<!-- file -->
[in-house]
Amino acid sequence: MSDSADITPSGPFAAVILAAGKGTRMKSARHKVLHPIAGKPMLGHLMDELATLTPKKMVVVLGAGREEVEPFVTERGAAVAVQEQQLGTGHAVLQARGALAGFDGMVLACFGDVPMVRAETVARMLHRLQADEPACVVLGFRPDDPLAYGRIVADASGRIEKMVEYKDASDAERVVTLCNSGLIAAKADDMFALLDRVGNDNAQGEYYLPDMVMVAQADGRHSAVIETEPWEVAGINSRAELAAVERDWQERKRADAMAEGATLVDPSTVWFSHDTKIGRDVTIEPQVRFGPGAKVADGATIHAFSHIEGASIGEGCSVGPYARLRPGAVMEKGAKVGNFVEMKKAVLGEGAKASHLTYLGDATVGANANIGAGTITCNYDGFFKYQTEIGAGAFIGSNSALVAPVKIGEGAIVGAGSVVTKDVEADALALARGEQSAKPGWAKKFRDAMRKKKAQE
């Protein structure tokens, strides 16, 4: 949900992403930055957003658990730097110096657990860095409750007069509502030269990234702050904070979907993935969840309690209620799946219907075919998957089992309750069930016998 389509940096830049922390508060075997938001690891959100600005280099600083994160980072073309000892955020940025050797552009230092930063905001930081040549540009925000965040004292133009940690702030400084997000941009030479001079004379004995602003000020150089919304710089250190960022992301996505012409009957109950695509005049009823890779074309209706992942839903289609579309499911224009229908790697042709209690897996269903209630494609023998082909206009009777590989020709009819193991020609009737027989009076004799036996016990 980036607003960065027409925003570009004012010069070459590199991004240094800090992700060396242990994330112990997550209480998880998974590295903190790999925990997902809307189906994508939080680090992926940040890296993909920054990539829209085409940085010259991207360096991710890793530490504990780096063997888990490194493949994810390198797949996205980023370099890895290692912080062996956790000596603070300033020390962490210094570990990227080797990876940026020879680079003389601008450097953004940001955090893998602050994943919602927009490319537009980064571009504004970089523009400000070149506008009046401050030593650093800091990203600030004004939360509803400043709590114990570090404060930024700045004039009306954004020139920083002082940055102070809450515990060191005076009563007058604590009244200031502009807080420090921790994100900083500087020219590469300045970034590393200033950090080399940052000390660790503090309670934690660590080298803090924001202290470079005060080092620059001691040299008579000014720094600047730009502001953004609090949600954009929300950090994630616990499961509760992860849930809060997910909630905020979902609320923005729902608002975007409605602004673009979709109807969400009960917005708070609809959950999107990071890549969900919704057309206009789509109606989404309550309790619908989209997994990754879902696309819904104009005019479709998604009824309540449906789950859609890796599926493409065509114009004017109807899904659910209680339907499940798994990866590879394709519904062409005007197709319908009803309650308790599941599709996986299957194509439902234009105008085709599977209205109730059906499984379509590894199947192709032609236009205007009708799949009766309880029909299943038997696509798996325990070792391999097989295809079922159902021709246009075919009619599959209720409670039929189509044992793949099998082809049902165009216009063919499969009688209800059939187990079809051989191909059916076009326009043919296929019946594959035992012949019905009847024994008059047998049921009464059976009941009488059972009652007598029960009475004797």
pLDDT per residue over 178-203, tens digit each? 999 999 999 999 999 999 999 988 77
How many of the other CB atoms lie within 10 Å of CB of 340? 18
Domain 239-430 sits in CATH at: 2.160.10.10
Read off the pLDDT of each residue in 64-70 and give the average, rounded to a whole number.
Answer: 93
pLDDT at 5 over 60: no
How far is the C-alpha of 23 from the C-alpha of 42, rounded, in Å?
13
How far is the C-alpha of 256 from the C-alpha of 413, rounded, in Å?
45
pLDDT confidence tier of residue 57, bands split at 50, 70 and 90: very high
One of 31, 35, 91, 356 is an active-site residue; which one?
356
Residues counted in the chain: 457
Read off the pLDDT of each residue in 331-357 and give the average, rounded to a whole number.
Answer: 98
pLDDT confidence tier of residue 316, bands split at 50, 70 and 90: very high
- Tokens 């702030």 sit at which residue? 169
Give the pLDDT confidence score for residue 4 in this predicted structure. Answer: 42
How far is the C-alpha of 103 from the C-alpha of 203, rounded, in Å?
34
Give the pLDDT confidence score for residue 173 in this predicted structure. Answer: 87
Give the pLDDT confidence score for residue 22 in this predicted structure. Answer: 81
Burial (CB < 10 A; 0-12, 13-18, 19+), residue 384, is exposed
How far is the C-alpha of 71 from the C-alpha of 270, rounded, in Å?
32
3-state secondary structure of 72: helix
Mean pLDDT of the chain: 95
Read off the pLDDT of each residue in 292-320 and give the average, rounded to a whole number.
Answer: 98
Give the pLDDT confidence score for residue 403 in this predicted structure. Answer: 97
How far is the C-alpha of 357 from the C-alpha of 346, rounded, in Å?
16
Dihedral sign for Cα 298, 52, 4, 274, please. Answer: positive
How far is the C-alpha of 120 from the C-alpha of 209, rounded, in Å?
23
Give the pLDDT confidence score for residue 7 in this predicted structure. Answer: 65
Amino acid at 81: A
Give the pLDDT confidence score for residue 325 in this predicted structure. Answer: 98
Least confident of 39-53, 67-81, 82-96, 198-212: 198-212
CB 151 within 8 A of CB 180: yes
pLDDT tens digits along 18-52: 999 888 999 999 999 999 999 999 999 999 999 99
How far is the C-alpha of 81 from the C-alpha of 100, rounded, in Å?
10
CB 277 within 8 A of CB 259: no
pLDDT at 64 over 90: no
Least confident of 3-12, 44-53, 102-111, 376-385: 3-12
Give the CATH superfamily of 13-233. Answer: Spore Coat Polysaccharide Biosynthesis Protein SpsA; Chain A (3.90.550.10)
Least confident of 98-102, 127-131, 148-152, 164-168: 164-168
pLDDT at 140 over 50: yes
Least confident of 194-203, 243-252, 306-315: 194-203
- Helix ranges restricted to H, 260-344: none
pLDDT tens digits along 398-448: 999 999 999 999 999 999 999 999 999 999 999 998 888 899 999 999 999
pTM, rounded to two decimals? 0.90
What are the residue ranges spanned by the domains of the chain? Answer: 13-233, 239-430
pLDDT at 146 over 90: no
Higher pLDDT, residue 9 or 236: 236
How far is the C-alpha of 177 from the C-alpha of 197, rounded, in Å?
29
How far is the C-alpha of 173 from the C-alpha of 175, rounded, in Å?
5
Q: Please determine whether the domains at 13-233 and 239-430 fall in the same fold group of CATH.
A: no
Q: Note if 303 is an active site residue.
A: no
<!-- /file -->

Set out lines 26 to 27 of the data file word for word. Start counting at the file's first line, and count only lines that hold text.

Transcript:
Give the pLDDT confidence score for residue 22 in this predicted structure. Answer: 81
Burial (CB < 10 A; 0-12, 13-18, 19+), residue 384, is exposed